And fish? Do mouth brooding.

The fish above has a mouthful of eggs. It's a cichlid. And some species of cichlid will go the extra...mouthful to protect their eggs. They are so worried about the predation of their eggs that the females lay eggs, circle around, and then immediately gobble them up, holding them in their mouths until the fry hatch, and often even longer, until they are big enough to make it on their own.

However, it turns out that the female fish are in such a rush to pick up their eggs, they sometimes don't even give them time to get fertilized! Holding a mouth of unfertilized eggs seems like kind of a waste. But the males have figured out not just how to get fertilization to happen...they got some oral sex out of the bargain.

Sort of.

Mrowka, W. "Oral Fertilization in a Mouthbrooding Cichlid Fish" Ethology, 1987.

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Of Genes and Eating Disorders

Oct 09 2013 Published by under Behavioral Neuro

Eating disorders like anorexia nervosa and bulimia nervosa are difficult psychiatric disorders. They are especially tragic because, while they may seem like just messed up eating, they are far, far more. Eating disorders have some of the highest rates of death of any psychiatric disease, as malnutrition puts the body at risk.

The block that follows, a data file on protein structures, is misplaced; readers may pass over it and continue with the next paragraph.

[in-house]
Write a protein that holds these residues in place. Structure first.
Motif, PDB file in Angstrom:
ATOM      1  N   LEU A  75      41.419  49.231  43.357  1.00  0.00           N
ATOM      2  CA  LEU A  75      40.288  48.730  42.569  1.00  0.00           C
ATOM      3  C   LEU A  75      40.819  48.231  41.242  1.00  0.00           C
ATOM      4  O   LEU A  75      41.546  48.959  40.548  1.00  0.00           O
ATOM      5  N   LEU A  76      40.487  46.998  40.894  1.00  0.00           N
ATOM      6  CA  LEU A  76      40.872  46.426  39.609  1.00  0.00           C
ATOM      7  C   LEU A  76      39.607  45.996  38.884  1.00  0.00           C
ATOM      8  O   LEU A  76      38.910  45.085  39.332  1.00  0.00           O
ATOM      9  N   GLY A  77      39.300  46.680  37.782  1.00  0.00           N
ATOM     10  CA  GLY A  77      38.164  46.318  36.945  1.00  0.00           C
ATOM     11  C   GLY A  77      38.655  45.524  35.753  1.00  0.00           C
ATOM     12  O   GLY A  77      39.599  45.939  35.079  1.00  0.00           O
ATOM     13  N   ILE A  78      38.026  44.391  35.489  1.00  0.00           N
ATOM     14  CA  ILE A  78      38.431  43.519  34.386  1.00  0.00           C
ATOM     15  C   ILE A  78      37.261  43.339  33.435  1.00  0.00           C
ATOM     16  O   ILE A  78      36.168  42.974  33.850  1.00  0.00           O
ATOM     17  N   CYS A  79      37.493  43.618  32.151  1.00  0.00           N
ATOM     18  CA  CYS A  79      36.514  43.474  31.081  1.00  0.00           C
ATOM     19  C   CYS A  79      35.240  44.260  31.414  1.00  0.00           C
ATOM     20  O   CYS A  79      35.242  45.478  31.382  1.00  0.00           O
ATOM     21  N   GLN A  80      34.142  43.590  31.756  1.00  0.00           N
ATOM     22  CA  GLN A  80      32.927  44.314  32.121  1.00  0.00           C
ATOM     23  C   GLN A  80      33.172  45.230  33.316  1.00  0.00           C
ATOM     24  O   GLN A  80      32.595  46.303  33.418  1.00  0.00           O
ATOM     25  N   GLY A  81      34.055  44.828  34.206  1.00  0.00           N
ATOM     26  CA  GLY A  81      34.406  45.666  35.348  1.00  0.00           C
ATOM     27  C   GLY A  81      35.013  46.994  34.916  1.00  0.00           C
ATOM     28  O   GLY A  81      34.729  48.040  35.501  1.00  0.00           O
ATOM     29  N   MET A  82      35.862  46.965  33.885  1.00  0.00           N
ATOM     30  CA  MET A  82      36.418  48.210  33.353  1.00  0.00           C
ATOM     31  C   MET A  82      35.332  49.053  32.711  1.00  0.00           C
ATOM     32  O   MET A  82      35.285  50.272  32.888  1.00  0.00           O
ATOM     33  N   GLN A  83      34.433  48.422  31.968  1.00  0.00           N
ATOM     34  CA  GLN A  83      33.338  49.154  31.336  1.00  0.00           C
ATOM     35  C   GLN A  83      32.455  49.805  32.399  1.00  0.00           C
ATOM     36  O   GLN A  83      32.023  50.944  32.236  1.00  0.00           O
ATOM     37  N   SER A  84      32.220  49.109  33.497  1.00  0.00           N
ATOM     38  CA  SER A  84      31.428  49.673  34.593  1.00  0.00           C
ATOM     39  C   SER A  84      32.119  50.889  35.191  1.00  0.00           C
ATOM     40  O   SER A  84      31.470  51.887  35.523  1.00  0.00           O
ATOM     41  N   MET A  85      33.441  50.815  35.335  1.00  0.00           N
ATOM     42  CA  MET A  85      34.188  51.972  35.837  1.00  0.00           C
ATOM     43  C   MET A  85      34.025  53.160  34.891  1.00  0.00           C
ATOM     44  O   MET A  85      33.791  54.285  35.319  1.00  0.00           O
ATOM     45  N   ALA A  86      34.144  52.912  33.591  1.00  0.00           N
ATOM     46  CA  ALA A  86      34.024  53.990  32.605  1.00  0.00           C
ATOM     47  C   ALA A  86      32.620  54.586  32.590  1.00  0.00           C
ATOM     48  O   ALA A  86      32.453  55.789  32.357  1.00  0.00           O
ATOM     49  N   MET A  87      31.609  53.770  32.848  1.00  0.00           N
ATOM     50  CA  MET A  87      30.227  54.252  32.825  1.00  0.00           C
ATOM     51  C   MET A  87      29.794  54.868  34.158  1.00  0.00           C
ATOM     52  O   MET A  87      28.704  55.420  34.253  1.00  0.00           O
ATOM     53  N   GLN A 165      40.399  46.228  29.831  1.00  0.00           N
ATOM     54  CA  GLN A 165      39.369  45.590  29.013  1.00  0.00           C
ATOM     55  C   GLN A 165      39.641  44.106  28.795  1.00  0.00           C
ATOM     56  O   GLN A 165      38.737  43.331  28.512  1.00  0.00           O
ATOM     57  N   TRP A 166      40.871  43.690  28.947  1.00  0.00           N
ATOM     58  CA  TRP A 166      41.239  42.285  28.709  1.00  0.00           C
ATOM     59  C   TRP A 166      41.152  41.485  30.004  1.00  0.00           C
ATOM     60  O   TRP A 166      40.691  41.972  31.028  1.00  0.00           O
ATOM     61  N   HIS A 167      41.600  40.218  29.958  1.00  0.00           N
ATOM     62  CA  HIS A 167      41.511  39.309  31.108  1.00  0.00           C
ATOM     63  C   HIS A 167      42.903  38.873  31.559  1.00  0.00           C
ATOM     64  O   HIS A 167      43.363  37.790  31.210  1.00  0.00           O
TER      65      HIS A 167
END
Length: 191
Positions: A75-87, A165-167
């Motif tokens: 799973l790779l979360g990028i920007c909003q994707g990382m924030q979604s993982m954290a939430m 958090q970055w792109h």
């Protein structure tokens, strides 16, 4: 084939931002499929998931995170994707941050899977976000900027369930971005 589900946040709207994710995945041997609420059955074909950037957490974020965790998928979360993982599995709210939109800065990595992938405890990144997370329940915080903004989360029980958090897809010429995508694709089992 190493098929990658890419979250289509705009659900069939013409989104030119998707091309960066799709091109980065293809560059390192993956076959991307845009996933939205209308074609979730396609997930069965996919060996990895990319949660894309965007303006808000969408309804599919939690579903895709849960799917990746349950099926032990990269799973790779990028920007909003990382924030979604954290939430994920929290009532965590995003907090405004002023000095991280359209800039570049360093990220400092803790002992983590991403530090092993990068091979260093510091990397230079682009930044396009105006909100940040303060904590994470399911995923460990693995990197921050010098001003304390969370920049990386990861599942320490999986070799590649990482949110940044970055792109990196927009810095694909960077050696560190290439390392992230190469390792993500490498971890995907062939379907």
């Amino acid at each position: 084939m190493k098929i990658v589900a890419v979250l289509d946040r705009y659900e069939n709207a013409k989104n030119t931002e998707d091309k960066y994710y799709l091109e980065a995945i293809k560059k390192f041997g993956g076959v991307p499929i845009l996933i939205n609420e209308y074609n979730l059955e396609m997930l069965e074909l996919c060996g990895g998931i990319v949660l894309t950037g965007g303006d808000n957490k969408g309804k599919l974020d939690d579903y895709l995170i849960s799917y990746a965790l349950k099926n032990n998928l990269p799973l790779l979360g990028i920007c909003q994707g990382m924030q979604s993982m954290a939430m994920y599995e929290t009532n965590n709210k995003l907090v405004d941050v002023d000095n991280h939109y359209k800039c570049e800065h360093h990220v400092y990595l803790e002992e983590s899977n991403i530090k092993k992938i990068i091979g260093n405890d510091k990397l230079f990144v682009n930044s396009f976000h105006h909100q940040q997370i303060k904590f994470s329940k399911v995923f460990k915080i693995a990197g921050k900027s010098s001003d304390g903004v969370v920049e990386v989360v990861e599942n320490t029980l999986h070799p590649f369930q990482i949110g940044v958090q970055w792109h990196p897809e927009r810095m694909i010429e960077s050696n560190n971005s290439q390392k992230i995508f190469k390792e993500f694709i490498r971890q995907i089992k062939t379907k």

When we think of eating disorders, though, we tend to think of them from a cultural angle. It's because our culture is so obsessed with thin, no one can ever be thin enough, and so that must bring out eating disorders. It is true that a culture which glorifies skinny the way ours does tend to bring out more extreme dieting than one that does not. But it is also true that eating disorders are far more than the product of a culture which glorifies the size 0. Reports and descriptions of anorexia, for example, date all the way back to the Greeks, and famous case studies that fully described the disorder date from the 1860's. There is clearly a genetic component, anorexia in particular runs strongly in families. There is also a potential sex effect, eating disorders are far more common in women than in men.

Eating disorders are a combination disease, a combination of genetic risks and environmental triggers, including things like stress. Unfortunately, it's been difficult to identify specific genes that predispose people to eating disorders. Studying large populations of people with the disease and find some common genetic variants, for example, but for such a complex disorder that is not dependent on a single gene, many of those will also be present in healthy populations.

Another approach is instead to look at families which have a strong history of eating disorders, to see what common genes are passed down. While this has its own limitations (for example, you then have to look for the occurrence of those genes in the wider population, and being within a single family or two, there are bound to be environmental factors that aren't present elsewhere), it's a way to uncover genetic variants that my have previously gone undiscovered. And it means you might, as they did here, uncover two genes that, when screwed up in very precise ways, result in the same eating disorder.

Cui et al. "Eating disorder predisposition is associated with ESRRA and HDAC4 mutations" Journal of Clinical Investigation, 2013.